Second Chances are Hard to Come By

Character Information:

(Summary of the story is in chapter 1)

Credits to larastraw for the title

Chapter 2

How I Died ~ Annis Ballard of House Saxton

I counted the quivers in my bag: seven. That was all I needed on this hunt. I was known as the best archer within my father's lands. It was an obvious fact and I wasn't going to be humble about it. I pulled my bag over my head and shoulder to secure it onto my back. I went over to my wardrobe and pulled my sword out of its compartment.

It really was a beauty. It was crafted from a very rare steal that my father had insisted I have. The hilt was a golden colour studded with green gems of various sizes. I remembered when my father first gave it to me. I had vowed to polish it night and day and learn the art of swordsmanship. And since then, at the young age of nine, I had been training with an acquaintance of my father. So, for the past nine years I had been excelling at various types of weapons training. It had seemed that I was meant for this life.

I sheathed my sword and wrapped the belt around my middle. My father would be waiting to get the hunt started and would hate to be forced to wait much longer.

I snatched up my cloak and quickly placed it around my back and neck, ready to meet up with the hunting party just outside of the castle. I walked quickly along the castle corridors and finally came upon the kitchen, which led to the nearest door where I would find my father.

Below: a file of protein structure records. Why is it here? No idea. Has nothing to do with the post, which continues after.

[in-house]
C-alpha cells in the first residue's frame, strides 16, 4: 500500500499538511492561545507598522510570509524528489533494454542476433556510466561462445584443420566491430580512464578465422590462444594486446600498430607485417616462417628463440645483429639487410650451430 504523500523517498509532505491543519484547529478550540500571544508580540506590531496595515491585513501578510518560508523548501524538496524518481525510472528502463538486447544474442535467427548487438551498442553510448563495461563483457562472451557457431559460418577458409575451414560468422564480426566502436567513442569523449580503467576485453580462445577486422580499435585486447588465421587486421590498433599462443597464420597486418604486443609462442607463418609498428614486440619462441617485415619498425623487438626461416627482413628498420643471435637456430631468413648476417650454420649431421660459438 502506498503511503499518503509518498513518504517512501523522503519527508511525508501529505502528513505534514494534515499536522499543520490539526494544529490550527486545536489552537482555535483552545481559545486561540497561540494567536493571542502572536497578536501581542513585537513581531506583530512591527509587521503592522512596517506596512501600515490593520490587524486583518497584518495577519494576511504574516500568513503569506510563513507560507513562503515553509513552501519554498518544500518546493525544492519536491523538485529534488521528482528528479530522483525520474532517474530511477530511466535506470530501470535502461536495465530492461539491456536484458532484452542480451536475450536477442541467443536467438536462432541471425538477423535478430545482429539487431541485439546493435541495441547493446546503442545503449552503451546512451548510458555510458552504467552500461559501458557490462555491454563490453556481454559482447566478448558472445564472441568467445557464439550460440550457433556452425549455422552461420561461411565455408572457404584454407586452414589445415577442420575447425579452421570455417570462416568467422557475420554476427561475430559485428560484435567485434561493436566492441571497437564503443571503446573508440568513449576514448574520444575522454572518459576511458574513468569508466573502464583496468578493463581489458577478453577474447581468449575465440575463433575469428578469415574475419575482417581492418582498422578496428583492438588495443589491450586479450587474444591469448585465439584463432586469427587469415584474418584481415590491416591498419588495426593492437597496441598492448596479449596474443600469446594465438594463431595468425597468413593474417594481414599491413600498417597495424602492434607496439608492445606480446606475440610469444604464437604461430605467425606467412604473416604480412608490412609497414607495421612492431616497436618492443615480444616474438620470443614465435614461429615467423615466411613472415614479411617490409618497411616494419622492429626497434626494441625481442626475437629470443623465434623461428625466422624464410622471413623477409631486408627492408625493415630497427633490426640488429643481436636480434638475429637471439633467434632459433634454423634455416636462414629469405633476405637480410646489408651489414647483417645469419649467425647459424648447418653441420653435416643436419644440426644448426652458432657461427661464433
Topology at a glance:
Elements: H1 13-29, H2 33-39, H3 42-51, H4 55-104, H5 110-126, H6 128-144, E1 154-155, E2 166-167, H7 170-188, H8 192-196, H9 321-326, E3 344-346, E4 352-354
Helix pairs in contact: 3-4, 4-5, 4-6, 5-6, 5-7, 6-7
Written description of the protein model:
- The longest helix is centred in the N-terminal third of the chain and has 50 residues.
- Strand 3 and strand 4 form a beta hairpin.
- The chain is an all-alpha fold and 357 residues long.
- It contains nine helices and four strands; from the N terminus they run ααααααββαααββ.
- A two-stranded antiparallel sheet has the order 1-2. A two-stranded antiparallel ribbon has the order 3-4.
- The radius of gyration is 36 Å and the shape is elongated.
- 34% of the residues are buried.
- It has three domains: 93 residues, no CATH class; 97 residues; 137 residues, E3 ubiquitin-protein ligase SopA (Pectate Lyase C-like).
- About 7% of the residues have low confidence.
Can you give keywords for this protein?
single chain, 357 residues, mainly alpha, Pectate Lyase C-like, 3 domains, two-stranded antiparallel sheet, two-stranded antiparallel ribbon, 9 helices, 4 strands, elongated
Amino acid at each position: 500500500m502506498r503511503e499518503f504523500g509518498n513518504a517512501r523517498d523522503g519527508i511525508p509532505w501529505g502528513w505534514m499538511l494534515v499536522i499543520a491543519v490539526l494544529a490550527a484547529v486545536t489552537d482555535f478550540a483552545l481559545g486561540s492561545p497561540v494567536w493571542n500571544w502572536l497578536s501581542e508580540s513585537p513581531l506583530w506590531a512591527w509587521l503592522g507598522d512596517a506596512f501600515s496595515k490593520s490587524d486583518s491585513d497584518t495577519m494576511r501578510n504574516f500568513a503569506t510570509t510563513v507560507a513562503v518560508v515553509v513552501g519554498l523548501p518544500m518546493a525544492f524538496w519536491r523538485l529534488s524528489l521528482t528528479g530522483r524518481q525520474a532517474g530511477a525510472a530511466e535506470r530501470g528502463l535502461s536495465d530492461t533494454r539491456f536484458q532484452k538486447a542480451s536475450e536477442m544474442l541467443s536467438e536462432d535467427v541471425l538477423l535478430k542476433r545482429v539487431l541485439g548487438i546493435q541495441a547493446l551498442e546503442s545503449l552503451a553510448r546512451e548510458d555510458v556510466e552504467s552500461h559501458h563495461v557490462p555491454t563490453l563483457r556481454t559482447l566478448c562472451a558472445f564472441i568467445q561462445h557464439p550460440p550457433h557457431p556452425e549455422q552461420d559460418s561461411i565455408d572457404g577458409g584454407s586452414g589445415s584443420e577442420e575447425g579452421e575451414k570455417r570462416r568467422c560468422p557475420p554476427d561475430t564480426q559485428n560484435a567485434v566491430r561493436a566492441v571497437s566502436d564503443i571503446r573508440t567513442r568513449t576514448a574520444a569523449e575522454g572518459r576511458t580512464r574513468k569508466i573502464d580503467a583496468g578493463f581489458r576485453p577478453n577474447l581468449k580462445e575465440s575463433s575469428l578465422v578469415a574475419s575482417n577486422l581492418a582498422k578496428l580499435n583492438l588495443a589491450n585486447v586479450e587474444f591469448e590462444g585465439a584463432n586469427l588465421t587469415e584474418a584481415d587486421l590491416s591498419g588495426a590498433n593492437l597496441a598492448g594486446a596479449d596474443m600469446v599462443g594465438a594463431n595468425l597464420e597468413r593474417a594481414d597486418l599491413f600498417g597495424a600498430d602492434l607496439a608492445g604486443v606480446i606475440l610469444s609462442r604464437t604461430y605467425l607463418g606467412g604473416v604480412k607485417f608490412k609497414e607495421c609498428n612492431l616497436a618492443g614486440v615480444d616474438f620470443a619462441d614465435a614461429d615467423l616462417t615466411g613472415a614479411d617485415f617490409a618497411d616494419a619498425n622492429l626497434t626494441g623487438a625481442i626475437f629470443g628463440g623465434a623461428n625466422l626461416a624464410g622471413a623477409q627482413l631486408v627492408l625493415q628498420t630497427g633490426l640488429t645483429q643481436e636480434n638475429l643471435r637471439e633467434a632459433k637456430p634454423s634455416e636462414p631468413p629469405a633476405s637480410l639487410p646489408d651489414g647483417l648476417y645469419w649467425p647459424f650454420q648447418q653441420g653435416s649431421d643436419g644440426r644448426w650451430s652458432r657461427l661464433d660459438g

"You better be smart out there, child," spoke an old gravelly voice.

I glanced over my shoulder, my brown braid wiping the side of my face. I spotted an elderly man who was currently hauling a large sack of potatoes towards the storage cellar. His face was littered with wrinkles and laugh lines. His eyes were grey and old, but still full of spirit.

I bowed my head, "Of course, Mr. Warwick. I'll be sure to bring back a big stag for all of us to dine on."

I spun on the heel of my black boot and set off out the side door and came upon the group of men. One man was busy picking his teeth with a pinky finger, while another was using an arrow to scratch at his back. My father stood by another man, pacing back and forth, no doubt impatient from my tardiness.

My father's dark eyes met me and he smiled. "Now we can get on with it!"

I cast him an apologetic smile and we were on our way.

The forest was vast and expanded across the majority of my father's lands. It held various types of game, such as deer, bison, and bears, among others. I had been able to strike down bears and bison, due to their sluggish getaways, but with deer, I found them more of a welcoming challenge. However, I wouldn't think they would be around at all due to all the chuckling coming from the men around me.

I glanced back at them, my violet eyes no doubt narrowing his distaste. We were on a hunting trip, causing too much noise would only scare away any potential game. I couldn't work with this.

I caught up to my father who was currently leading the hunting party. His broad and tall frame would have been intimidating to others, but for myself, I considered him a loving and kind man that would never do me any wrong.

"Father!" I called to him.

He glanced over his shoulder and nodded me to his side. "What is it, Annis?"

"I ask for your permission to venture up ahead a bit. The noise of your men has decreased our chance of good game."

My father bit his lip. I already knew what he was thinking. Even though I may act like man, even dress like one, I was still a woman who he saw as his baby girl. I was the only family he had left and if anything were to happen to me, he'd be devastated.

Just as I was about to protest his negative answer, he surprised me with the opposite.

"Of course, my dear." He placed a hand on my shoulder. "But do be careful."